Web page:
The Patty Duke Show churned through three producers in its first year. William Asher left around the time the show debuted on ABC; in his excellent memoir When the Shooting Stops … The Cutting Begins, supervising editor Ralph Rosenblum wrote that Asher was fired and his contract bought out due to his continual indecisiveness. Part of Asher’s payoff may have been a co-creator credit; until midway through the first season, Sheldon alone was listed as The Patty Duke Show’s creator. Replacing Asher were producer Robert Costello (later of Dark Shadows) and director Stanley Prager (who eventually took over the producing job as well). Prager was a blacklisted actor and Broadway director who remains surprisingly little-remembered today, perhaps because he died young in 1972.
Costello and Prager, longtime New York-based producers, may have gotten on better than the outsider Asher did with a distinguished crew that included: Rosenblum (later famous as Woody Allen’s editor during the seventies); line producer Stanley Neufeld and art director Robert Gundlach, recent veterans of Naked City who were probably very happy to come in out of the cold for the studio-bound Patty Duke Show; and composer Sid Ramin, who must have had the world’s best agent. Ramin receives not only an unprecedented credit in the opening titles, but also a second solo title card in the end credits. He is forgotten today, but had, at the time of The Patty Duke Show, just won both an Oscar and a Grammy for orchestrating Leonard Bernstein’s score for West Side Story.
So far I’ve focused on the minutiae The Patty Duke Show’s production history without saying much about its content. Regarding the latter, I’m relieved to be able report that the series will prove at least tolerable to sitcom-phobes like myself, and probably delightful to everyone else. The show excels for one reason alone (or maybe two, depending on how you count): Patty Duke. My memory of her work in the few other productions in which I had seen Duke – The Miracle Worker, the treacly “Mrs. McBroom and the Cloud Watcher” episode of Ben Casey, the horrid high-school comedy Billie, Night Gallery’s “The Diary,” and of course Valley of the Dolls – was that she tended to come across as shrill and overbearing. Now I suspect my impressions had more to do with weaknesses in the material than with Duke’s talent.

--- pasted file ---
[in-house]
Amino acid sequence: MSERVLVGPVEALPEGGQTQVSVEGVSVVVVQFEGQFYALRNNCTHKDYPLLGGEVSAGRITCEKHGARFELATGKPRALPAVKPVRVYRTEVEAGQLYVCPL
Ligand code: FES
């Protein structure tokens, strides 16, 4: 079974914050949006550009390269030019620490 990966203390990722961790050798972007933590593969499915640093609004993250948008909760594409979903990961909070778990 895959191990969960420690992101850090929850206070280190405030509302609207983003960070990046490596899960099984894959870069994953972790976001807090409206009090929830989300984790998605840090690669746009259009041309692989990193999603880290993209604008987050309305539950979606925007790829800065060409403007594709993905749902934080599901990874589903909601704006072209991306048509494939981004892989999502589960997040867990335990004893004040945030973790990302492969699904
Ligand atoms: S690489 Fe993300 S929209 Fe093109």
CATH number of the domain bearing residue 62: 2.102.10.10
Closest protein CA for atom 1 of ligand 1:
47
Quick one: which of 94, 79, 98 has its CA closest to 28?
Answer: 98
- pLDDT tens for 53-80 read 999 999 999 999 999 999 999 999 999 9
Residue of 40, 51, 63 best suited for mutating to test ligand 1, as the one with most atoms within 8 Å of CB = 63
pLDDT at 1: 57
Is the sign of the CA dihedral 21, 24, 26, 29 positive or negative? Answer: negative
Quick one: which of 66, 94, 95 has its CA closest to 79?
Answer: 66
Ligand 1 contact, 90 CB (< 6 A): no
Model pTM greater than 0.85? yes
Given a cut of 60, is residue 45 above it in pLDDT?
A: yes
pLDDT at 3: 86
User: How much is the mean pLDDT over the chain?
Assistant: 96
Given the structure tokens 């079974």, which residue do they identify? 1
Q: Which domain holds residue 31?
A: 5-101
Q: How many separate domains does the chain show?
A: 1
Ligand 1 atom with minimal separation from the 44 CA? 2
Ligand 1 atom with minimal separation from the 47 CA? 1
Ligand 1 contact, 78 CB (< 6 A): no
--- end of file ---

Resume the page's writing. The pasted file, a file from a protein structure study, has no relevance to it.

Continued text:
Here, Duke is never less than likeable, and often funnier than the bland material. In “The Birds and the Bees Bit,” obnoxious Ross says that he’s lost one of his marbles; Patty’s comeback (“Whaaaaaat an opening!”) is so obvious it’s barely a joke, but Duke cracked me up with her delivery. When the show shifts occasionally into light drama – as in “The Birds and the Bees Bit” when Patty recalls her own childhood awkwardness, or “The Drop Out,” a turgid stay-in-school treatise with an odd emphasis on the economic disparity between Patty’s family and her boyfriend’s – Duke reminds us of her Helen Keller bona fides.
The Patty Duke Show reveals not only Duke’s versatility, but also a technical proficiency in her work that is as startling as Meryl Streep’s. I suspect Sheldon was drawn to The Parent Trap’s dual-role gimmick because he understood that Duke would be wasted playing a standard-issue teenaged girl. Cathy’s Scottish accent would have been enough to cue the audience as to who was who, but Duke developed an extensive catalog of mannerisms and facial expressions to distinguish between the brainy, reserved Cathy and the conformist chatterbox Patty. Cathy’s crinkle-eyed giggle and Patty’s open-mouthed exuberance (as captured in the first season opening titles) were trademarks of each character:
It would be cringeworthy to suggest that Duke’s later diagnosis with bipolar disorder had something to do with her skill at switching between two opposite personalities within the same project, except that Duke makes that very point in a new interview that appears on the DVD. (Also intriguing is the fact that Sidney Sheldon, who created the Lane cousins while Duke lived with his family for a few weeks, suffered from bipolar disorder as well.)
Contrary to my expectations, The Patty Duke Show does not overuse the Parent Trap-derived device of identity-switching between the identical girls. Fewer than a third of the episodes have Patty and Cathy changing places to fool someone, and in most of those the swap is incidental rather than central to the plot. As someone who got tired of Durwood or Major Nelson falling for this kind of switcheroo far too often, I’d like to give Sidney Sheldon credit for anticipating his audience and underusing the obvious gimmick inherent in The Patty Duke Show’s premise. But what actually happened, I suspect, is that Sheldon became captivated by Patty Lane’s freewheeling enthusiasms and intricate, mile-a-minute slang, to the extent that Cathy Lane became a supporting character in her own show. Even though her exotic background might have been expected to launch more than her share of storylines, Cathy, like the other members of the Lane family, developed into a straight man (straight person?) for Patty’s antics.